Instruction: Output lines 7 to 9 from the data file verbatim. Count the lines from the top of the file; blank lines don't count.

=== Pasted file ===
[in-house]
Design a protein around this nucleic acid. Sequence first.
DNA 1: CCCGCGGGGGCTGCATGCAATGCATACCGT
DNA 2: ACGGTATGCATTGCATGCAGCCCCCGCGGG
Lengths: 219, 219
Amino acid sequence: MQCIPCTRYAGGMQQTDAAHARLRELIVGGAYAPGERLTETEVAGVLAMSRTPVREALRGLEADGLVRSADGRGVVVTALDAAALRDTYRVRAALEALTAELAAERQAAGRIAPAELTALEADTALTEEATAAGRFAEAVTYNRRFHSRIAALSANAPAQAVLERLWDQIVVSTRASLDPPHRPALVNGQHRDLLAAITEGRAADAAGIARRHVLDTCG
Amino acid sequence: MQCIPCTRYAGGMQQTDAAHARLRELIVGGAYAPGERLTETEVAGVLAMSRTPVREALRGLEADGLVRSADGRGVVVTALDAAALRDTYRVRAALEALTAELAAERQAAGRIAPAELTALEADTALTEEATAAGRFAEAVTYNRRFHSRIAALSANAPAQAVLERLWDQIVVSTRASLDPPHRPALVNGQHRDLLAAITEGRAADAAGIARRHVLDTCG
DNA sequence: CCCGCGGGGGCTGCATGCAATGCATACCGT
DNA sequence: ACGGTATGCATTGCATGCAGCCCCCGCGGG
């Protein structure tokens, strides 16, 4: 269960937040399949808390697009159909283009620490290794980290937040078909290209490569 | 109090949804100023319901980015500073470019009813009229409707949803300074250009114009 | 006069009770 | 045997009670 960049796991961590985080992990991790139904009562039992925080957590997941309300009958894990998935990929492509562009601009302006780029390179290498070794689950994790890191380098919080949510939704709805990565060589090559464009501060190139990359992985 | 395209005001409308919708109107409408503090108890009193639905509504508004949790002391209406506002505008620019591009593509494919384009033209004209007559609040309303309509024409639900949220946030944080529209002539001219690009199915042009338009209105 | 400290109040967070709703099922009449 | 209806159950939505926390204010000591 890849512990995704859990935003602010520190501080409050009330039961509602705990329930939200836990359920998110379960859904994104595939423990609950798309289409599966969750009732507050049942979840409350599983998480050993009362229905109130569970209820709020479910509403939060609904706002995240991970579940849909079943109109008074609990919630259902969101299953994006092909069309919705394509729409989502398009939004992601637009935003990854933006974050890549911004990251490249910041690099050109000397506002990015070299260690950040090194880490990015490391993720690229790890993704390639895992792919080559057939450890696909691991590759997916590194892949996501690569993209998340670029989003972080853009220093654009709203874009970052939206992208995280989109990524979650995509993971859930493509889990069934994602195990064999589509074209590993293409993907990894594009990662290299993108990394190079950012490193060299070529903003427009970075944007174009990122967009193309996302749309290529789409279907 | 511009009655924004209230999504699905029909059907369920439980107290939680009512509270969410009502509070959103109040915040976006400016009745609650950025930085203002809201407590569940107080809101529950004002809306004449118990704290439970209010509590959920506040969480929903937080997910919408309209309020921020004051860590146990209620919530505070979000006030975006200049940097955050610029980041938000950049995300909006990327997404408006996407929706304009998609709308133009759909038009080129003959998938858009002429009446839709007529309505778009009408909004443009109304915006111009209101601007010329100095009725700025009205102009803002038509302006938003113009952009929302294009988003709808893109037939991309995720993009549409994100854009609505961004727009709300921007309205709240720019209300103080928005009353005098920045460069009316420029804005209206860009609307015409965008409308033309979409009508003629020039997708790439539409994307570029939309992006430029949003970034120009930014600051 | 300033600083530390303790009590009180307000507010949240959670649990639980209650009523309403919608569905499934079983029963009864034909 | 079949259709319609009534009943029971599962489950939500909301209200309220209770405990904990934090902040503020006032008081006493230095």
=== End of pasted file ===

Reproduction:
Amino acid sequence: MQCIPCTRYAGGMQQTDAAHARLRELIVGGAYAPGERLTETEVAGVLAMSRTPVREALRGLEADGLVRSADGRGVVVTALDAAALRDTYRVRAALEALTAELAAERQAAGRIAPAELTALEADTALTEEATAAGRFAEAVTYNRRFHSRIAALSANAPAQAVLERLWDQIVVSTRASLDPPHRPALVNGQHRDLLAAITEGRAADAAGIARRHVLDTCG
DNA sequence: CCCGCGGGGGCTGCATGCAATGCATACCGT
DNA sequence: ACGGTATGCATTGCATGCAGCCCCCGCGGG